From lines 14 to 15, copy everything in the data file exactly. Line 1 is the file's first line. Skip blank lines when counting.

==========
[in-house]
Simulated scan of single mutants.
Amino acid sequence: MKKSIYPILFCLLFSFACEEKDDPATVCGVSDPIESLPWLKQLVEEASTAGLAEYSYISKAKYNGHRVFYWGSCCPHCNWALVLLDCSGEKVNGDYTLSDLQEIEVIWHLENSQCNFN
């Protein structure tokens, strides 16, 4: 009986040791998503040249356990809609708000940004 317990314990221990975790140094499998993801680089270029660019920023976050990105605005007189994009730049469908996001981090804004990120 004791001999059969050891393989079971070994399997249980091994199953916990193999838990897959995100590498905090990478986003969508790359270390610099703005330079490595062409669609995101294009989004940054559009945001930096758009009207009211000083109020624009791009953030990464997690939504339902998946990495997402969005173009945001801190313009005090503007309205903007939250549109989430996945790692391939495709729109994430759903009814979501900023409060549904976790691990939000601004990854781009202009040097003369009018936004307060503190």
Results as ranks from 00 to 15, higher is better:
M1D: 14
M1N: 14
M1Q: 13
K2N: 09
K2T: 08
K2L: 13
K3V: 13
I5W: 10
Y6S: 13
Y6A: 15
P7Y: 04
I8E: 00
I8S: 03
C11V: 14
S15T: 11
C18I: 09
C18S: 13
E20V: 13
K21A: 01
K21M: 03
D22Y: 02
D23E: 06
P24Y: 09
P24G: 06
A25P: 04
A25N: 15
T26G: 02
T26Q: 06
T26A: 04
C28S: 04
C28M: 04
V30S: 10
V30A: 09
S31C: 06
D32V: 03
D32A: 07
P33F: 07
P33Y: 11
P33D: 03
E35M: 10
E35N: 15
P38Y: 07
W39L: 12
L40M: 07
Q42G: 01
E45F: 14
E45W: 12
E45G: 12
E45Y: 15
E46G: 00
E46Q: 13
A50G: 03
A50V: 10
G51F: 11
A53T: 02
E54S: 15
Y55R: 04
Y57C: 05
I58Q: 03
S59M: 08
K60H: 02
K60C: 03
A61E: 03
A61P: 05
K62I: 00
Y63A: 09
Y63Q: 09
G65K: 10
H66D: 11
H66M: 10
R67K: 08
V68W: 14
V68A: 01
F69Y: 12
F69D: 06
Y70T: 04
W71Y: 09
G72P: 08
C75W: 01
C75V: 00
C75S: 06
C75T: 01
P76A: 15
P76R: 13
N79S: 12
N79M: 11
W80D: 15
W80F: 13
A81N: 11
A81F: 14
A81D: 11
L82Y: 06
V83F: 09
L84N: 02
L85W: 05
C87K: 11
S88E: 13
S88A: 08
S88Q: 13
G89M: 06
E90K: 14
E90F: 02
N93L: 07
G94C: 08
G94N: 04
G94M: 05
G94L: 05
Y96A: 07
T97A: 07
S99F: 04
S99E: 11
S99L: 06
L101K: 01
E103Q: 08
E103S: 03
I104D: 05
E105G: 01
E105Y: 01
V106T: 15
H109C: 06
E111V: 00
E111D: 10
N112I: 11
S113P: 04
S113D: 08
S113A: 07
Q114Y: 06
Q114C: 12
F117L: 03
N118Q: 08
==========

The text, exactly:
Y6S: 13
Y6A: 15